I breathed a sigh of relief when I took the kit out of the box and it looked as good as it did in the designs we’d received months before.
Jody Qualifying 10.995, 10th Place - ©Copyright Christina Kelkel
1st Round of the Sprint against Ross Edgar - Image ©Copyright Christina Kelkel
My first race was the Flying 200m to qualify for the international Sprint competition and having only been on the track for a few sessions since the World Championships, it was going to be a bit rusty with my track skills. However, I qualified well, importantly under 11seconds and 10th overall with a 10.995, which considering the level of the field I was pretty pleased with.
Qualifying 10.995, 10th Place 1st Round of the sprint against Ross Edgar
The first round of the Sprint was a 3up and I was going to face a tough challenge as I was racing Ross Edgar. I gave it my all and with a lap to go I made my move, dropping down the track and getting the jump on my Dutch opponent and managed to get onto the shoulder of Ross, so it was now a straight drag race to the line. However, coming out of turn 4, I could see Ross had the better of me, but I think he had to work a lot harder than he was expecting to take that round.
￼In the repecharge, I rode well but for some reason I felt the urge to get out of the saddle when I was already doing 70km/h, not a good idea especially as I was trying to go around Itmar Esteban from Spain. Once again, I was 2nd best, and now out of the Sprint competition. But in both rounds I’d done myself proud and only been beaten by a
Repecharge against Itmar Esteban from Spain - image ©Copyright Christina Kelkel
few cm’s on the line each time.
Next up was the 1Mile Dash, a 6lap Scratch race with all the losers from the Sprint competition and all the riders who didn’t make it through to the main competition. I got stuck in the bunch and went with the group as the speed increased and could feel the benefit of all the pursuit training I’d been doing in the last year. Coming out of the final corner I was in a good position and sprinting hard, but unfortunately I timed my run slightly too late and was pipped on the line. Nevertheless, I did come 2nd again by a few cm’s and I was happy, as it was my first podium finish in Para-T colours.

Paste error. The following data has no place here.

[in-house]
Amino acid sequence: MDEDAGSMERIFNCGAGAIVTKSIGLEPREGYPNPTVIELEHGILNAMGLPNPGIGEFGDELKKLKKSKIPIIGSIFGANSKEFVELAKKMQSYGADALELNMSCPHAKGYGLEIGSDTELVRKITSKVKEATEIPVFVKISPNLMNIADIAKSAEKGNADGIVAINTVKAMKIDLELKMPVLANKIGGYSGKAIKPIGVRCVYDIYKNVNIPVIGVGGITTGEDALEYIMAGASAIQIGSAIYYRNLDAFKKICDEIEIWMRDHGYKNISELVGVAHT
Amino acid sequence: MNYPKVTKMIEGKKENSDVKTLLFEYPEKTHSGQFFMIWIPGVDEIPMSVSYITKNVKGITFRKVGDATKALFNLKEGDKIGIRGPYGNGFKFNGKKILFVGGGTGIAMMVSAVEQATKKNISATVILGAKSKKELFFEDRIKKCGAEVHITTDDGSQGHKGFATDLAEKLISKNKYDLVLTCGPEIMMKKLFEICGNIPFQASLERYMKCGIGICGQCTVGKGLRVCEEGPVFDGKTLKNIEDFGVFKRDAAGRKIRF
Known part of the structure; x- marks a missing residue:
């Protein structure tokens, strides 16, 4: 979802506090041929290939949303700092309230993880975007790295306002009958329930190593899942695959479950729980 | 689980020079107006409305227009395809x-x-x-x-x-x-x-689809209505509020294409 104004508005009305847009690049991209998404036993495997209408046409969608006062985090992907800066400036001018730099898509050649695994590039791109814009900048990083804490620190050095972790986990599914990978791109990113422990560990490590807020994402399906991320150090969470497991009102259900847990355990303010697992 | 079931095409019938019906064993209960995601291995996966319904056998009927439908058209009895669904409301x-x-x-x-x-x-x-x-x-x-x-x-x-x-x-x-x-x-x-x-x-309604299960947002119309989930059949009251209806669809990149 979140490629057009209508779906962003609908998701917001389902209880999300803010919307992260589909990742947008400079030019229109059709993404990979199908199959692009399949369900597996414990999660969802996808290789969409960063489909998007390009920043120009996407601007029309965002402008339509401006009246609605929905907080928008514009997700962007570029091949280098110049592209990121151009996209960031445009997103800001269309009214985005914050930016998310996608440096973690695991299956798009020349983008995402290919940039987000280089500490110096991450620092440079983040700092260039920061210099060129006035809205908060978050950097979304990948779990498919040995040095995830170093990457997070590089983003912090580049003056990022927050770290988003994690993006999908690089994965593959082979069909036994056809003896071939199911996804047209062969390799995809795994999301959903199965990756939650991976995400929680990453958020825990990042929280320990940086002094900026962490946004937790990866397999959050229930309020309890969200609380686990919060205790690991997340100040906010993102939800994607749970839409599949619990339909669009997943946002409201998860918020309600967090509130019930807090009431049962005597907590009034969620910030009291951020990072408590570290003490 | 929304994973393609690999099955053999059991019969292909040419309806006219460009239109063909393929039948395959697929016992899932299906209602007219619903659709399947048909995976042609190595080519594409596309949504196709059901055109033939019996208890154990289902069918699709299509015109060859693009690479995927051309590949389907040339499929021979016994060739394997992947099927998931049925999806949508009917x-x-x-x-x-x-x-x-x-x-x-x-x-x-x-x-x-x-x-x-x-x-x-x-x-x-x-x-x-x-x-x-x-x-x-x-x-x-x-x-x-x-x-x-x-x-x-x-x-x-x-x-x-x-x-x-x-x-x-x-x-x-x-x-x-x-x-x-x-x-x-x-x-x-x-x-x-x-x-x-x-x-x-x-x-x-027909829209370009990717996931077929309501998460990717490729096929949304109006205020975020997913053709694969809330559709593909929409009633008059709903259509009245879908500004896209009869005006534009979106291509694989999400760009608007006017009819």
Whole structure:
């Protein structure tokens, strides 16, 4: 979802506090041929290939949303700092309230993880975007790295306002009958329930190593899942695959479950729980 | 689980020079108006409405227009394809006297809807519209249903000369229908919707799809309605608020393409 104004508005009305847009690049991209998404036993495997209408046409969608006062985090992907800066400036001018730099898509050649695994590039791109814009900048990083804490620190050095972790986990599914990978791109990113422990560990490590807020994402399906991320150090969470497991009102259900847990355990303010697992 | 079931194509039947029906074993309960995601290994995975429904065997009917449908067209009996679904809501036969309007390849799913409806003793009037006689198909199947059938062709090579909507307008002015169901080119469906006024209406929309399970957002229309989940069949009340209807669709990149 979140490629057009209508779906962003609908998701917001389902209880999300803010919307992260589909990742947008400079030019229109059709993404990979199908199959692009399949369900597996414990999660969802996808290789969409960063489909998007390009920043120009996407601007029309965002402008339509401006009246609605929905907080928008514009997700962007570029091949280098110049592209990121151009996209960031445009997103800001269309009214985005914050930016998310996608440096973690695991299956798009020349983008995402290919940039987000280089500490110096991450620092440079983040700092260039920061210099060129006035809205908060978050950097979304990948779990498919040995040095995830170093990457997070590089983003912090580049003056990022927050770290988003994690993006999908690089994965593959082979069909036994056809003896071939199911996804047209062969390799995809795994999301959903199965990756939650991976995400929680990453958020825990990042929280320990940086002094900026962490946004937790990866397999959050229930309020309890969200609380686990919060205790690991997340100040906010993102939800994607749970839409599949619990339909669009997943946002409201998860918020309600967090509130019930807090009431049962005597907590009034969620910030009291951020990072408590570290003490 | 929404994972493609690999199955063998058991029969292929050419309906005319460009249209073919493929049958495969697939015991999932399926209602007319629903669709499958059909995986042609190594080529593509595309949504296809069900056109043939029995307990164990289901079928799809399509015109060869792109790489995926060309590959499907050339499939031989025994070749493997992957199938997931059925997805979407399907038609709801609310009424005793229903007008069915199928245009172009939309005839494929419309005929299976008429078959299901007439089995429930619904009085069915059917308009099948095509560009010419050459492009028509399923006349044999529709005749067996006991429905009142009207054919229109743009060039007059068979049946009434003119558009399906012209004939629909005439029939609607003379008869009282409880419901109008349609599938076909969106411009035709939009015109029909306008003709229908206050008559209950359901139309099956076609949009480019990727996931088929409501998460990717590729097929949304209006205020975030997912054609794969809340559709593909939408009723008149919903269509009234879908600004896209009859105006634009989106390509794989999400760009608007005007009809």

Last up was the Keirin. Buoyed by my performance in the Mile Dash I was feeling good about this race. As the derny peeled off the track, I made my move from the back of the field to the front. I had a quick look over my shoulder and realised I’d taken the other riders by surprise and had a gap, so I then went for it full gas. Unfortunately as I came across the line, I realised it was 2laps to go and I had some quality riders chasing me down, especially in Pete Mitchell who’d won the Sprint competition earlier in the day. Coming into turn 3 for the final time the inevitable happened and the two GB riders, Pete and Philip Hindes came past, as my legs finally faded. I could give no more.
A great debut for the team with some good results from Helen Scott, Jon-Allan Butterworth and Tel Byrne.
￼Team Para-T: Tel Byrne, Jody Cundy, Helen Scott, Jon-Allan Butterworth - Image ©Copyright Christina Kelkel
￼Sydney Road World Cup – Travel
The day after the Good Friday meet was a trip to the airport and the start of my road season, with the target of scoring some all important qualification points for London. With all the bags and equipment checked in with British Airways it was a quick flight down from Manchester to Heathrow, before the longer journey onward to Sydney. In the end, it turned out to be a longer journey than normal to Sydney. With everybody on the plane, the pilots voice came over the PA system to announce that there was an electrical storm over Heathrow, and which would delay our departure by 15mins. However, after 15minutes the pilot was back on the PA system to tell us that there was a medical issue with someone on the plane and we weren’t flying until this had been resolved. Another 30minutes and passed and we were informed that it was a crewmember who had been taken ill, and now had to be taken off the plane, along with their luggage.